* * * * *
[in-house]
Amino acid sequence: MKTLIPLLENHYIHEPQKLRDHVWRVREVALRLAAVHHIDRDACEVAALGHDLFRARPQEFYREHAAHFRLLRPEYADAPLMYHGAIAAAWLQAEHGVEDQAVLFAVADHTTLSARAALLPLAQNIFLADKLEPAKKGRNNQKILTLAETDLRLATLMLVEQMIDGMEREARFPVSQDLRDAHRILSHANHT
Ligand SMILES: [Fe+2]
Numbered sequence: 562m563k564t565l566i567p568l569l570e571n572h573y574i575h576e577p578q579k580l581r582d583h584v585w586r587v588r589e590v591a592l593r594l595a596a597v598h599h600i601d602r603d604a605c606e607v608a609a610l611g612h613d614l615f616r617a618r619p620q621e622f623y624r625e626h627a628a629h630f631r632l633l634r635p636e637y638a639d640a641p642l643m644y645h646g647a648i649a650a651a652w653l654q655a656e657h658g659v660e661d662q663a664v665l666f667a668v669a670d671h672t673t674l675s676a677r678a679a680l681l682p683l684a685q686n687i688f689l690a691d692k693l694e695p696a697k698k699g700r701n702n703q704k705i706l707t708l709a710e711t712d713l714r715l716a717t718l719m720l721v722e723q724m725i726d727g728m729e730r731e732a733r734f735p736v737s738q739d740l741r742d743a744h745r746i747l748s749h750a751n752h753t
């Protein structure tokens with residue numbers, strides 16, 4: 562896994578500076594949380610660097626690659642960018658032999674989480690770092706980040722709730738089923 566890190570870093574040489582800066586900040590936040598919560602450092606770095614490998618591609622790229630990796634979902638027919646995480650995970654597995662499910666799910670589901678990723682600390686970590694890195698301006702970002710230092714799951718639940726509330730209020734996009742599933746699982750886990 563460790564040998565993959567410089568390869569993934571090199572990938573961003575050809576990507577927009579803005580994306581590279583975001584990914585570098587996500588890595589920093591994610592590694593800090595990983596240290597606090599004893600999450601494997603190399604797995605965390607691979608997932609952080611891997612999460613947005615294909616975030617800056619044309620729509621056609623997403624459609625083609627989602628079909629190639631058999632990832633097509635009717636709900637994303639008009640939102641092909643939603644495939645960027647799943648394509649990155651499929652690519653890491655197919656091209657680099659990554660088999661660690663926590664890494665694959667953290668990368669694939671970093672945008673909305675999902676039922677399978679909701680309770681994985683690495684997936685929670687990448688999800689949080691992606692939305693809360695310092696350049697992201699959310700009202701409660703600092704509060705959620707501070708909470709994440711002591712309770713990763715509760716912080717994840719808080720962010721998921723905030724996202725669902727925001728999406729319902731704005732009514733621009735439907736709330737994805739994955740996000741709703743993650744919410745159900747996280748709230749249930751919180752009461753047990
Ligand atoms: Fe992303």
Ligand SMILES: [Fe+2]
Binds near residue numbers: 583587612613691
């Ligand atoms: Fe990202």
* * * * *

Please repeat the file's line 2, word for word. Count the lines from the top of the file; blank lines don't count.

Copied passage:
Amino acid sequence: MKTLIPLLENHYIHEPQKLRDHVWRVREVALRLAAVHHIDRDACEVAALGHDLFRARPQEFYREHAAHFRLLRPEYADAPLMYHGAIAAAWLQAEHGVEDQAVLFAVADHTTLSARAALLPLAQNIFLADKLEPAKKGRNNQKILTLAETDLRLATLMLVEQMIDGMEREARFPVSQDLRDAHRILSHANHT